Global Reality of Type 1 Diabetes Care in 2013

  1. Mark A. Atkinson, PHD4
  1. 1Division of International and Humanitarian Medicine, Faculty of Medicine, University of Geneva, Geneva, Switzerland
  2. 2International Insulin Foundation, London, U.K.
  3. 3University College London, London, U.K.
  4. 4Department of Pathology, University of Florida, Gainesville, Florida
  1. Corresponding author: Mark A. Atkinson, atkinson{at}

In his first editorial of the year, the Editor in Chief of Diabetes Care affirmed that the “state of Diabetes Care” is strong (1). We agree and are congratulatory regarding his noting of the benefits that improved management has brought to many with the disease. Clearly, advances in insulin delivery, blood glucose monitoring, patient education, and health care worker training have the potential to be quite impacting in this regard.

However, this positive situation is not the reality for many with the condition living in resource-poor settings. Indeed, from a global perspective, the most common cause of death for a child with type 1 diabetes is lack of access to insulin (2). Yet, this is not just a problem for low-income countries, with one recent study in the U.S. noting that discontinuation of insulin therapy represents the leading precipitating cause of diabetic ketoacidosis (3). Indeed, lack of insulin explained 68% of such episodes in people living in an inner-city setting, with approximately one-third of people reporting a lack of financial resources to buy insulin and eking out their insulin supplies.

Hence, we are faced with two realities: one of successful outcomes and increased life expectancy for some individuals with type 1 diabetes—in parallel to those less fortunate still facing a challenge to survive. If we look at the reasons for increased life expectancy, without question, the first challenge is the cost of insulin. Beyond this, in resource-poor settings, two factors relating to diagnosis make an important contribution to decreased life expectancy. One is the lack in availability of diagnostic tools, with the other being the infrequency with which many health care workers encounter people with type 1 diabetes. This results in the condition being missed or misdiagnosed.

So, what can the global diabetes community do to address these issues? Thankfully, organizations exist that attempt to help through provision of supplies and improved education (e.g., Insulin for Life, Life for a Child). Yet, while such efforts clearly save lives, addressing the global problem of type 1 diabetes care must extend beyond a charity-based model. Indeed, a dire need exists to adapt health system responses in resource-poor settings to the challenges that exist for those with type 1 diabetes and, perhaps more important, the availability of tools and programs that target this need. Sadly, efforts to date targeting improvements in care within resource-poor countries are resource poor themselves. To address this void, the International Insulin Foundation, together with other colleagues, recently launched the “100 Campaign” to identify bottlenecks in the process of insulin delivery at a global and local level and to commit that by 2022, the centennial of the first person using insulin, all those requiring this lifesaving medicine will have access to it (4). We, the community of those caring for people with diabetes, have a proven road map for seeing such improvements extend to those throughout the globe. By addressing each of these issues, we can change the current realities that exist so that all can benefit from advances in diabetes management and care.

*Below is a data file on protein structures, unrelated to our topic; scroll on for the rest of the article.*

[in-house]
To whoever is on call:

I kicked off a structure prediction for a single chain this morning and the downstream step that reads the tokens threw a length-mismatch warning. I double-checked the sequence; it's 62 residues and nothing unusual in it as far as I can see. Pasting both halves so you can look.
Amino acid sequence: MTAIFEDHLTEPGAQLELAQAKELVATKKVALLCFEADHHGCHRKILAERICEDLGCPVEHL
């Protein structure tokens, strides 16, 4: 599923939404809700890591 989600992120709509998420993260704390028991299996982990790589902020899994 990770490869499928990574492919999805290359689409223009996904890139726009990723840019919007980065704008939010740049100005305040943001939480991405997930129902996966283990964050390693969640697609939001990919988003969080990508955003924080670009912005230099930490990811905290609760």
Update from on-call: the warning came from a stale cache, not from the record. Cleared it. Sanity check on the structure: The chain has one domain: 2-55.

No potential conflicts of interest relevant to this article were reported.

D.B., J.S.Y., and M.A.A. wrote and approved the final version of the manuscript. M.A.A. is the guarantor of this work and, as such, had full access to all the data in the study and takes responsibility for the integrity of the data and the accuracy of the data analysis.

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